A Huntersville company is in line to receive as much as $1.2 million in business incentives in return for expanding its headquarters, R&D and manufacturing operations.
State officials made the deal with Atom Power, which makes charging systems to support the electric-vehicle industry. The company received a $100 million investment last year from Korea’s SK, becoming its largest investor.
The 8-year-old business is pledging to create 205 jobs and invest nearly $4.2 million in its expansion. The incentives come via a Job Development Investment Grant that the state’s Economic Investment Committee approved on Tuesday.
Atom Power founder Ryan Kennedy is a 2004 UNC Charlotte electrical engineering graduate. “Since Atom Power’s founding in 2014, we’ve been committed to growing our footprint within North Carolina,” Kennedy said in a press release. “Our continued expansion in Huntersville will enable us to further tap into the rich and diverse local talent pool, while also supporting the growing demand for our unique approach to EV charging infrastructure.”
The decision made Atom’s the latest in a string of EV-related projects backed by N.C. incentives money in recent years. The largest, most high-profile are the planned VinFast auto plant in Chatham County and Toyota’ Motors’s battery plant in Randolph County.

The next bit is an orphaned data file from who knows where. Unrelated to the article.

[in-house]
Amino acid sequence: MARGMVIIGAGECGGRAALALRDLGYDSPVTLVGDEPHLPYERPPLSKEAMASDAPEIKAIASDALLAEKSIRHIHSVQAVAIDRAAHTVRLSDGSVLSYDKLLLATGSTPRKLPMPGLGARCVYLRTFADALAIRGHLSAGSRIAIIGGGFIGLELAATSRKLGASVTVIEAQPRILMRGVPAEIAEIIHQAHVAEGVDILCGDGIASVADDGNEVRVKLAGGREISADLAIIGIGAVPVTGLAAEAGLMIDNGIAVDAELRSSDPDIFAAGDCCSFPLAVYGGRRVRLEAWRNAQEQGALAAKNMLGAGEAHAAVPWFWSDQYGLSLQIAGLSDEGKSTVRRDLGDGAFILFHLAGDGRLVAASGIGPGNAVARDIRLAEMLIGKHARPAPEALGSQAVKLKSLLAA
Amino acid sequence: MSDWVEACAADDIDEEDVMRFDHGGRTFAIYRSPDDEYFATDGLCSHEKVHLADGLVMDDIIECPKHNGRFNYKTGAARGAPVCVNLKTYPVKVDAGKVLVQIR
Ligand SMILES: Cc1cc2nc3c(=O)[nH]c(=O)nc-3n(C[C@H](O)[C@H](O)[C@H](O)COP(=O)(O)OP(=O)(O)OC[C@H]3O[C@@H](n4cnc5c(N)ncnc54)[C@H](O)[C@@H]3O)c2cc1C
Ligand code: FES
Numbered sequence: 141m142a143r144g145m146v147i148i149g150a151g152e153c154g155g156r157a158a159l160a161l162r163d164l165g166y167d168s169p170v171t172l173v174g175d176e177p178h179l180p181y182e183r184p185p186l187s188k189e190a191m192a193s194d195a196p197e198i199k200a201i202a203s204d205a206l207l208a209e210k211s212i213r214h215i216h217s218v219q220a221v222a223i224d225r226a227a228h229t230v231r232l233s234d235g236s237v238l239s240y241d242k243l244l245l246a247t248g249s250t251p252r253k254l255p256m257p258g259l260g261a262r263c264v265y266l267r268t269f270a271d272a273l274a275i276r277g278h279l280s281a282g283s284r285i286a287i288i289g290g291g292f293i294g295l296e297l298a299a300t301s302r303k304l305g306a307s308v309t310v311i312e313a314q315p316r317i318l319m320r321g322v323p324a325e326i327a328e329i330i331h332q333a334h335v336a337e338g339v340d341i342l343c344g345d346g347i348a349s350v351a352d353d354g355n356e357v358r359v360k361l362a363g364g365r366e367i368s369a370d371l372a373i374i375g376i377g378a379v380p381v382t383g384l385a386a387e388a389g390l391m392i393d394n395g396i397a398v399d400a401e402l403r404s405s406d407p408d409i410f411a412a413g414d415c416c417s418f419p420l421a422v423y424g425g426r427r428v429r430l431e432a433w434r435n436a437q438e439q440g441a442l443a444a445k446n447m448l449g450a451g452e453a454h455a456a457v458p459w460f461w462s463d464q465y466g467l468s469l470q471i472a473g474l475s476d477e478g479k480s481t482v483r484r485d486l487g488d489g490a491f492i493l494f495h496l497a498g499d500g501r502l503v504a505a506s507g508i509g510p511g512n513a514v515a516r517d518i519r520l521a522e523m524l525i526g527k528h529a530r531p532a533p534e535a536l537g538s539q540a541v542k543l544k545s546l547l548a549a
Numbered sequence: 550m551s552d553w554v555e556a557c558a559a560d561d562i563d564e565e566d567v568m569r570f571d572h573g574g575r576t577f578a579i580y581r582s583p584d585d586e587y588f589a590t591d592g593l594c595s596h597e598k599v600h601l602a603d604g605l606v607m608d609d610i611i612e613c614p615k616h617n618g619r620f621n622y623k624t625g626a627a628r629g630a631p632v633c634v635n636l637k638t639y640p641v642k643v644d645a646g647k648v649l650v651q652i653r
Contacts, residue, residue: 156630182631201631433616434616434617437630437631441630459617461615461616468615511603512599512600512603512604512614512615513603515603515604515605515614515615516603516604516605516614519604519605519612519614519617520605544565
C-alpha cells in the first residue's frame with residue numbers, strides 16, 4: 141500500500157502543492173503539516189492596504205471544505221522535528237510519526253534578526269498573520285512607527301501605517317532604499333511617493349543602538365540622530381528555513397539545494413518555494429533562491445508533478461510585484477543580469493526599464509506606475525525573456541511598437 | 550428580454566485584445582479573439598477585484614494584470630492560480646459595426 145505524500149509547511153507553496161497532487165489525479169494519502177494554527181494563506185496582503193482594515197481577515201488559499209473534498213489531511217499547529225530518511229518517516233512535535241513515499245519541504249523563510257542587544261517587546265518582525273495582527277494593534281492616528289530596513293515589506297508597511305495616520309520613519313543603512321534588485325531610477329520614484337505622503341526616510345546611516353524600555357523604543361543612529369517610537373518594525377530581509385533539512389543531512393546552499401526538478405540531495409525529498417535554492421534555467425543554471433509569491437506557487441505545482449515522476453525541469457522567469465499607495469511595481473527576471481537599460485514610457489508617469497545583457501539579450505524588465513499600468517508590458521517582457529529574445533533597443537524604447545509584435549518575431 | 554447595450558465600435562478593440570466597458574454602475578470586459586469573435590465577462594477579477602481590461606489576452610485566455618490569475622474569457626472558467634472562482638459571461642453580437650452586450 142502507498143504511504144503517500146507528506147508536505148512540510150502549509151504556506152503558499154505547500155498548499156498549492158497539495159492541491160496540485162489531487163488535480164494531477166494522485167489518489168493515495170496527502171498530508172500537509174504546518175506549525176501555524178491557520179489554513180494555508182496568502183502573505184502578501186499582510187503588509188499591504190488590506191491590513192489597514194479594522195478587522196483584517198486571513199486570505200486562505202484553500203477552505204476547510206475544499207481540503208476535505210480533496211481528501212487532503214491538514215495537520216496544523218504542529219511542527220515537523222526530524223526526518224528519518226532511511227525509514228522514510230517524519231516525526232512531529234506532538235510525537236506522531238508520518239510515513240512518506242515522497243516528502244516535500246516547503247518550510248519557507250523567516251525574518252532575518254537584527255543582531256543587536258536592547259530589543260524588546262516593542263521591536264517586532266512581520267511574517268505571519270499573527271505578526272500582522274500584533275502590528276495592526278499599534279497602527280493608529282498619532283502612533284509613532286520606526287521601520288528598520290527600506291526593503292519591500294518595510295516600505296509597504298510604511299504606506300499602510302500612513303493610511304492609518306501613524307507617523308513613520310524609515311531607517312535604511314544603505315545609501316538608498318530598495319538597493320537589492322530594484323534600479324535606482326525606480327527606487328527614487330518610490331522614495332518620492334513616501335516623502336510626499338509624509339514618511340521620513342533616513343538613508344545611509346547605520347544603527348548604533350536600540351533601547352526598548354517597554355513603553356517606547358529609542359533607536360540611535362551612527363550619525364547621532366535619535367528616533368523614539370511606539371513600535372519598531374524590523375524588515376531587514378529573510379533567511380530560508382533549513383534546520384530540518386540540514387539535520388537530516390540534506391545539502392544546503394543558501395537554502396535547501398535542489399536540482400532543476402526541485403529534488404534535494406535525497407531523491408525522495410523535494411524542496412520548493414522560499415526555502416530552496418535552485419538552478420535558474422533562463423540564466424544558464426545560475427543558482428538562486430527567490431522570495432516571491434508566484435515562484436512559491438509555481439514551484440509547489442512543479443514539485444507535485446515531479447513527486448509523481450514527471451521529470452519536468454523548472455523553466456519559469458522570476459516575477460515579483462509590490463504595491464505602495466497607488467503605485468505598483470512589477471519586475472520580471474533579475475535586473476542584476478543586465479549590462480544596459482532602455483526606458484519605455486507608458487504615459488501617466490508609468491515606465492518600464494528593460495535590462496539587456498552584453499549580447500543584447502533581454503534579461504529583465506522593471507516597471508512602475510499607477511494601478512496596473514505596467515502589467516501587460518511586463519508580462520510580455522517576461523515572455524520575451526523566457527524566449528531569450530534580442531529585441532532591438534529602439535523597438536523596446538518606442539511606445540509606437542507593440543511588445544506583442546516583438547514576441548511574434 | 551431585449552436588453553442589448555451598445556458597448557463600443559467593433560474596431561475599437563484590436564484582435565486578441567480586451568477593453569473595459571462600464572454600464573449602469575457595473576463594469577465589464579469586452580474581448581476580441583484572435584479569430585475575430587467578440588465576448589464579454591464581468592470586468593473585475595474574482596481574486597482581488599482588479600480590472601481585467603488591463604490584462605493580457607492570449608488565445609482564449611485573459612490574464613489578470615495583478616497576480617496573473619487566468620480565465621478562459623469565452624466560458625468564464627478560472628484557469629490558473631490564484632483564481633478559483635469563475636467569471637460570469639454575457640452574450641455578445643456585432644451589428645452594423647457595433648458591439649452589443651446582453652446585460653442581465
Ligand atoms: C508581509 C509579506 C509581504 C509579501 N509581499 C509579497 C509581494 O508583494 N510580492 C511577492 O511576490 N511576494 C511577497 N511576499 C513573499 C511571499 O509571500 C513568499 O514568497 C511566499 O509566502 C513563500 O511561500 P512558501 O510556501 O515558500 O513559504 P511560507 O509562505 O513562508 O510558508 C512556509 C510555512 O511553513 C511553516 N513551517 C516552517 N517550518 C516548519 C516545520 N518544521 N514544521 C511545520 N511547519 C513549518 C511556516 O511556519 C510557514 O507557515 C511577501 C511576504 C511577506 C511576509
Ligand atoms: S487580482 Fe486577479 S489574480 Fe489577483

“North Carolina leads the nation in the transition to the clean energy economy,” Gov. Roy Cooper said. “Electric vehicles are key to this transition and I’m pleased Atom Power is expanding in Huntersville to make critical parts for EV charging stations [that] will be located throughout North Carolina.”
State officials say the average annual salary for the new positions created at Atom will be $91,804, higher than the current average wage in Mecklenburg County, $80,349.
Because Mecklenburg is a Tier 3 county — one of the 20 best-off in the state, economically — officials will move $399,500 into the state’s Industrial Development Fund-Utility Account, which supports projects in rural areas.